I didn't know until later that Truman Capote was that small, pale, ridiculous-looking man on all the talk shows during the 70's, slurring his words and wearing big womanish hats and smoking from a long, black cigarette holder.  I still can't quite reconcile that man to the one who wrote "A Christmas Memory" and "A Thanksgiving Visitor"--or even Breakfast at Tiffany's, for that matter--but I do remember feeling bad for him and wondering why, in my young naive way, Dick Cavette and Johnny Carson kept having such a brilliant but obviously  flawed man on their shows drunk and making a fool of himself.  I just hoped, in that same naive way, that at least a fraction of the people watching had read his work and knew who he really was.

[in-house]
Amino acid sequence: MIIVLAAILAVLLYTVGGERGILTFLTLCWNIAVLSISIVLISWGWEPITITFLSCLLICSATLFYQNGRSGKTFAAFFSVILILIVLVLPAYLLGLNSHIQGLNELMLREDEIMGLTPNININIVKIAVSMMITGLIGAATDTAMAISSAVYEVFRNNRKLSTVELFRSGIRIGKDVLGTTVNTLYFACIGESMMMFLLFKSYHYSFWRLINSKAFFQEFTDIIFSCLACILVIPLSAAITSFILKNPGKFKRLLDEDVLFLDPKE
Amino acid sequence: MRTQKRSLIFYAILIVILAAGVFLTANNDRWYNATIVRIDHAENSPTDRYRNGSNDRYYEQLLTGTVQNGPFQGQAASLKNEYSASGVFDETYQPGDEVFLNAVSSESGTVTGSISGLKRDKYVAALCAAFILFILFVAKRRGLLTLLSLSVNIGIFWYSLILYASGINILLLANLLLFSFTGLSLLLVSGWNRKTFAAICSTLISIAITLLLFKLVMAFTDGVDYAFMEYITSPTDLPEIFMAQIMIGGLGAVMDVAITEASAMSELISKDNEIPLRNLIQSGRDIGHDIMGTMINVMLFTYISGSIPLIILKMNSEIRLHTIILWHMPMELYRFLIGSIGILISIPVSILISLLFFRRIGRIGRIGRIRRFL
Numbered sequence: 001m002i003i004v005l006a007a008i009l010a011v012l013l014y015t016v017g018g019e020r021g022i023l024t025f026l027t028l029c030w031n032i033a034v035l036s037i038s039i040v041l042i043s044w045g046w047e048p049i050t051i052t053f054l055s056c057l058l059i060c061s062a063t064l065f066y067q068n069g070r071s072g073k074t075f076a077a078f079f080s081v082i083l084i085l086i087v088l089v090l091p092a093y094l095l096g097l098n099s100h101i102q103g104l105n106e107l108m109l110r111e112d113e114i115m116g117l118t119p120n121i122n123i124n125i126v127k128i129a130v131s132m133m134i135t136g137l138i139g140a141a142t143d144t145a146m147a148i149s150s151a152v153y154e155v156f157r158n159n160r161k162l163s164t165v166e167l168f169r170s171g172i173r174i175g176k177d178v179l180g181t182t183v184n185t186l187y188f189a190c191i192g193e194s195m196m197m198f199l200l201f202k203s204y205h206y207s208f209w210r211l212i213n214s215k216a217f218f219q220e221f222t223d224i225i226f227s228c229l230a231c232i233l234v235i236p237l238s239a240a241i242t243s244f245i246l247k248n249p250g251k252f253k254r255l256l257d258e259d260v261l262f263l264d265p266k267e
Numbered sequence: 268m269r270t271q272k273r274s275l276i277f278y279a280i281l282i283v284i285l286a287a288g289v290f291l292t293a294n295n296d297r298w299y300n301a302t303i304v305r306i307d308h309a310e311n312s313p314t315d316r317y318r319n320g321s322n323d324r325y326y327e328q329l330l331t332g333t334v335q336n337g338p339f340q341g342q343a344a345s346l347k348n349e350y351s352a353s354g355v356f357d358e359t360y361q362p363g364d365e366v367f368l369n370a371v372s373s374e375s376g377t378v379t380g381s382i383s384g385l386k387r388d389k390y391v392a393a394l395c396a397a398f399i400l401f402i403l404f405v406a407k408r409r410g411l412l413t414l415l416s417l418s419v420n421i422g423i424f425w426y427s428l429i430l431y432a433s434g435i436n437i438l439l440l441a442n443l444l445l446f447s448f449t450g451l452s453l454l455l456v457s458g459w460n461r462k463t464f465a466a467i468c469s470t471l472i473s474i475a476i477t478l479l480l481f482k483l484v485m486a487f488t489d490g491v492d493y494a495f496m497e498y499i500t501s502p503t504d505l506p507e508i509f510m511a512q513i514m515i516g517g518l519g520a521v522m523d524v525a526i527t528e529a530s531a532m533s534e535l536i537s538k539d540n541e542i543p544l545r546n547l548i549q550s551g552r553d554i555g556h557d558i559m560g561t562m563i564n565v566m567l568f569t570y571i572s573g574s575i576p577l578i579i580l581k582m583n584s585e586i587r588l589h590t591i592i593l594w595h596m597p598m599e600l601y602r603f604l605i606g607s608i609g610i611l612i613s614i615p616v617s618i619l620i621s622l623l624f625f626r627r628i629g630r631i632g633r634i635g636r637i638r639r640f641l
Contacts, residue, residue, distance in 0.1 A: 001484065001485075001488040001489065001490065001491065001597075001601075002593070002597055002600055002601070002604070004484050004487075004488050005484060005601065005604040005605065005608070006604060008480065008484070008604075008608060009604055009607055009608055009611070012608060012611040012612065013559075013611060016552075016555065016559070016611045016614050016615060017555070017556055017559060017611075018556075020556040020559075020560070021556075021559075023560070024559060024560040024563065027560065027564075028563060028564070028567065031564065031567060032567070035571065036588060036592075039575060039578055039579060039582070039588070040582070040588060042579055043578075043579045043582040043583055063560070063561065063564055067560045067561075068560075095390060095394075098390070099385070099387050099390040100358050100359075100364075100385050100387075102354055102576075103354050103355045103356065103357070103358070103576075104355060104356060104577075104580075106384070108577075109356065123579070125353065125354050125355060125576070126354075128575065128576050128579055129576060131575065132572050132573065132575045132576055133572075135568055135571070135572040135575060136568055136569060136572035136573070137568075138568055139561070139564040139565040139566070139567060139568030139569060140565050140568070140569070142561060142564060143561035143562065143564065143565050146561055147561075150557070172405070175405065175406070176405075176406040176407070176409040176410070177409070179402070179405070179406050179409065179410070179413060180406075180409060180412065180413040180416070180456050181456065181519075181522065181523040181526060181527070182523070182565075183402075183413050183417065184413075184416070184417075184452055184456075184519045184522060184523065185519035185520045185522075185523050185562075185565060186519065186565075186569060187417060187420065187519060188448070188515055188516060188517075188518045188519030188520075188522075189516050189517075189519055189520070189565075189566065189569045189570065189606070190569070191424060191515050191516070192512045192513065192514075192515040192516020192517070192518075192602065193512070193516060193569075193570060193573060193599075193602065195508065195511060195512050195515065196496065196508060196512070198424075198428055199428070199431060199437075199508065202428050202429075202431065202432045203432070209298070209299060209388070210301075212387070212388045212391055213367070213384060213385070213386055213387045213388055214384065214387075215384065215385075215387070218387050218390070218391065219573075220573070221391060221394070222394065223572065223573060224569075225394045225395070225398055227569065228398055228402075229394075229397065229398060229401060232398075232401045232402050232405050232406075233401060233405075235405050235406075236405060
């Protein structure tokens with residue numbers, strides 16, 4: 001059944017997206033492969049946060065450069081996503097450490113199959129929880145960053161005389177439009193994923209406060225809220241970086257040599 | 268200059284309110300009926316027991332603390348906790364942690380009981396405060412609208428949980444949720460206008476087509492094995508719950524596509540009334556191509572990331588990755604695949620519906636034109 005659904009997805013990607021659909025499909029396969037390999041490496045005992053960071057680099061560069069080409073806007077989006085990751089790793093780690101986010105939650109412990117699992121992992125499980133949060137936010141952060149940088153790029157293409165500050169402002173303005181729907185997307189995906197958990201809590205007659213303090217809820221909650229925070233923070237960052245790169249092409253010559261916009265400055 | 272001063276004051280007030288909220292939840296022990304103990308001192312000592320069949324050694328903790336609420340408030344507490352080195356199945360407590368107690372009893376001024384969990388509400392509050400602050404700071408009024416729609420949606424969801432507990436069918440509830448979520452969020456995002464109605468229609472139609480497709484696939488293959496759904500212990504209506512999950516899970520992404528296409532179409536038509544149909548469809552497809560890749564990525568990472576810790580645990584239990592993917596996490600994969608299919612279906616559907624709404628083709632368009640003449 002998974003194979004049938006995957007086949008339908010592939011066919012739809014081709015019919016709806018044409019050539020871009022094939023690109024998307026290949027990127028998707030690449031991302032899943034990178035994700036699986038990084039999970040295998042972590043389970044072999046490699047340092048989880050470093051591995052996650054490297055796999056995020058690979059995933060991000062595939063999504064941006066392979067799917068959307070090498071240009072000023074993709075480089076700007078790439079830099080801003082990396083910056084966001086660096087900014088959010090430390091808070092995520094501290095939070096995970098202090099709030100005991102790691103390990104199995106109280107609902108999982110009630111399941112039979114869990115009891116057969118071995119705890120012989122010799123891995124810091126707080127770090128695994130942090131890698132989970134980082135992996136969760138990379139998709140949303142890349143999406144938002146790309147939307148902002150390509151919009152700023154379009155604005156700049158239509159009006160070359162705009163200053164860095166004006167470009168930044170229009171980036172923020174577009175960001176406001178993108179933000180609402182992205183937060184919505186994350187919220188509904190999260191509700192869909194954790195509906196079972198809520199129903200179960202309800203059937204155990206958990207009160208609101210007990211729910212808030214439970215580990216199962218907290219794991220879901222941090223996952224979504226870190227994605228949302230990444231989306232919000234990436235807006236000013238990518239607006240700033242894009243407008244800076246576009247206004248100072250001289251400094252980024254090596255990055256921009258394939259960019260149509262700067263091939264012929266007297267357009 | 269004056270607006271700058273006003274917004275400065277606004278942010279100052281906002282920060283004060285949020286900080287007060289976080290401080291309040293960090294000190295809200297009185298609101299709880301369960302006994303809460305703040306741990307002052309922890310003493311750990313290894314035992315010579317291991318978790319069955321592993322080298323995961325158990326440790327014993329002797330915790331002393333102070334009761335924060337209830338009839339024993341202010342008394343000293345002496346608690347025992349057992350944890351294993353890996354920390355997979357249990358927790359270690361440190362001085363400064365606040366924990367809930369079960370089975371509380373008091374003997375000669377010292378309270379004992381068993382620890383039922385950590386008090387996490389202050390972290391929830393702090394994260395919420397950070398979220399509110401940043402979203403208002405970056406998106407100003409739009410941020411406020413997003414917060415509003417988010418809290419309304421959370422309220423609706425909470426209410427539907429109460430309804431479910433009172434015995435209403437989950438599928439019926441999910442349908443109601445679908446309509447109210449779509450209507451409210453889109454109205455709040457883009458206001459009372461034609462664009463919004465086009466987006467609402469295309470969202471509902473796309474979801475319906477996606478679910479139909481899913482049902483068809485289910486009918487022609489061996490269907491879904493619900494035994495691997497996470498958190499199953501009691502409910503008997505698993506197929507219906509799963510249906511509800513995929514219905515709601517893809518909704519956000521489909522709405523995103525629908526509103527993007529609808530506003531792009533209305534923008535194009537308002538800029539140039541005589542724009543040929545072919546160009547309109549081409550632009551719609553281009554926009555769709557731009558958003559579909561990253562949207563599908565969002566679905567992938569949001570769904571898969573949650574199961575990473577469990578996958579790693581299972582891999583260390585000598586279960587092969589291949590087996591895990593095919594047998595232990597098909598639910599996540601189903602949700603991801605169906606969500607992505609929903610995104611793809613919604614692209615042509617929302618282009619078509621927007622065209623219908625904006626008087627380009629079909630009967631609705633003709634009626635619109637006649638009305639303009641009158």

Truman Capote, long dead now, has had the last laugh.  And he'll keep on having the last laugh, because his work has and will survive.  Hell, I reread "A Christmas Memory" today and found even more to love about it than when I first read it nearly forty years ago.  And just thinking about Dick and Perry in In Cold Blood makes me quicken my steps when walking up from my basement at night.

Troubled man, amazing writer.